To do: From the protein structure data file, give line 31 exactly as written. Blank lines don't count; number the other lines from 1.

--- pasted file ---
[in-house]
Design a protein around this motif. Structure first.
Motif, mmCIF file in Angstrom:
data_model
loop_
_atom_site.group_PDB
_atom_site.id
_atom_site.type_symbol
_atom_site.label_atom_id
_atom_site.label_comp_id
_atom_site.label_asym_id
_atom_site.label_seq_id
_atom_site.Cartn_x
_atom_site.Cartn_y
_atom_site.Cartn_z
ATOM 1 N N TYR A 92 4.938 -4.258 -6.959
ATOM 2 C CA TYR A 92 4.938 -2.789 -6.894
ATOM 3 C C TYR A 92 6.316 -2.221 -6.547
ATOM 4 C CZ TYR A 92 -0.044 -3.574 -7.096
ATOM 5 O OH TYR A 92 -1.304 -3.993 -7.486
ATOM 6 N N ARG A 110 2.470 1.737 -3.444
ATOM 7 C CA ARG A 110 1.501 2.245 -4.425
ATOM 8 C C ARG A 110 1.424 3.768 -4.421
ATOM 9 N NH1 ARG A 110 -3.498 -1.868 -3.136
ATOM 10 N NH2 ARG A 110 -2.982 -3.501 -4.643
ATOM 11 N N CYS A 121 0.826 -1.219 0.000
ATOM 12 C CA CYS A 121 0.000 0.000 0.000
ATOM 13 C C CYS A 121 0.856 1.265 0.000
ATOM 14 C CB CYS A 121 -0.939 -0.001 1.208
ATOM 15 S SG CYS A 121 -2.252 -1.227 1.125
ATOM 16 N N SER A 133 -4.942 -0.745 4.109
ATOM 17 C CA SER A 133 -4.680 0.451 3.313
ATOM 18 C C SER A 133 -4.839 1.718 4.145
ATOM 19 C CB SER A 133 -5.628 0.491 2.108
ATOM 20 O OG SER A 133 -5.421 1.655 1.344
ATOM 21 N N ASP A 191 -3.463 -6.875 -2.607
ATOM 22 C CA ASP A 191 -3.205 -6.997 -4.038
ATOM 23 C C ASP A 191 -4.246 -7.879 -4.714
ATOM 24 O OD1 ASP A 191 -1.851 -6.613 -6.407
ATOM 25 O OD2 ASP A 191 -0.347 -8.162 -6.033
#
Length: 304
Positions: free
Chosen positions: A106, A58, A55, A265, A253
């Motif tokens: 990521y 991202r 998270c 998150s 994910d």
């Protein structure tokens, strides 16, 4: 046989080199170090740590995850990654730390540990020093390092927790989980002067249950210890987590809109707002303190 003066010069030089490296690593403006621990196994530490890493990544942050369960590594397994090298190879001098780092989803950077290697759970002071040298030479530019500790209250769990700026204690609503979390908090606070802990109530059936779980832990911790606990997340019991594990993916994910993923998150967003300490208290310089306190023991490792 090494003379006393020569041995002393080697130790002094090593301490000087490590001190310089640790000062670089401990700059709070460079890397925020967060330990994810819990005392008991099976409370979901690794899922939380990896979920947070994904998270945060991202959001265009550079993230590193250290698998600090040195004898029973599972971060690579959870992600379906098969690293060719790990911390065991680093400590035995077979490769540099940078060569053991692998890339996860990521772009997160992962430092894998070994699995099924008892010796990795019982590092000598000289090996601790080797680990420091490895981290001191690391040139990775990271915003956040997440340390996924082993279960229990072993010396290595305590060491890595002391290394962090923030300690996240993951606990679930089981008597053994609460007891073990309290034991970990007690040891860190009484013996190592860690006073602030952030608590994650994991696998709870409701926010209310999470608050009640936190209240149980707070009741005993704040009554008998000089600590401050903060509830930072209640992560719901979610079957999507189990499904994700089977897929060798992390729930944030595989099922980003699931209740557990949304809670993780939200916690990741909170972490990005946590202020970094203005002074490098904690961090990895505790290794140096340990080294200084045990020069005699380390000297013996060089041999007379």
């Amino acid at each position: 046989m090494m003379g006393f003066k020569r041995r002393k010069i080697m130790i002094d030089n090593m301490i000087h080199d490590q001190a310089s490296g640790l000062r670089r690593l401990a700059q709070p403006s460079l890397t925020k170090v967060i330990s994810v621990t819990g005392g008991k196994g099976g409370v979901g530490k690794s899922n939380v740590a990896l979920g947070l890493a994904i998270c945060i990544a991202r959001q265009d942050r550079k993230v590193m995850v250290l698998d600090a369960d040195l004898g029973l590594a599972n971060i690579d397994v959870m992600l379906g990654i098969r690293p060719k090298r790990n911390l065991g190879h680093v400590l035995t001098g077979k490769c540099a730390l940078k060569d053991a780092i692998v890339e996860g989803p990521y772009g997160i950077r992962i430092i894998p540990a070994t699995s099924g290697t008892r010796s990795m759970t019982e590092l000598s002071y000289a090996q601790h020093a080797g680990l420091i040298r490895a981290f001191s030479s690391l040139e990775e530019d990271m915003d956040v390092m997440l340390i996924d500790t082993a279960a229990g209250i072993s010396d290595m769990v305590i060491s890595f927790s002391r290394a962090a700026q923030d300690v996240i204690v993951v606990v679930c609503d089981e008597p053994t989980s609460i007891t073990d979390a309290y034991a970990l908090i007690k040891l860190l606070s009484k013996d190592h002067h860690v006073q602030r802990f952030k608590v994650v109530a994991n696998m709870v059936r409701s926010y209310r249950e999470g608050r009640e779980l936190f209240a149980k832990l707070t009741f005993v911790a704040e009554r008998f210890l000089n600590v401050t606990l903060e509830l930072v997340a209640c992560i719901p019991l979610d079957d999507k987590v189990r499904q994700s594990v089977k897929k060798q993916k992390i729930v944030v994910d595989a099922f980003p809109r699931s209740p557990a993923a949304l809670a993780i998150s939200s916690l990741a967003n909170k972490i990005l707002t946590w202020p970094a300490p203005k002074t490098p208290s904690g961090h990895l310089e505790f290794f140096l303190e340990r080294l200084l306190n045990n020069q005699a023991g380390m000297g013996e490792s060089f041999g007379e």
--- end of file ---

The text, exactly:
ATOM 16 N N SER A 133 -4.942 -0.745 4.109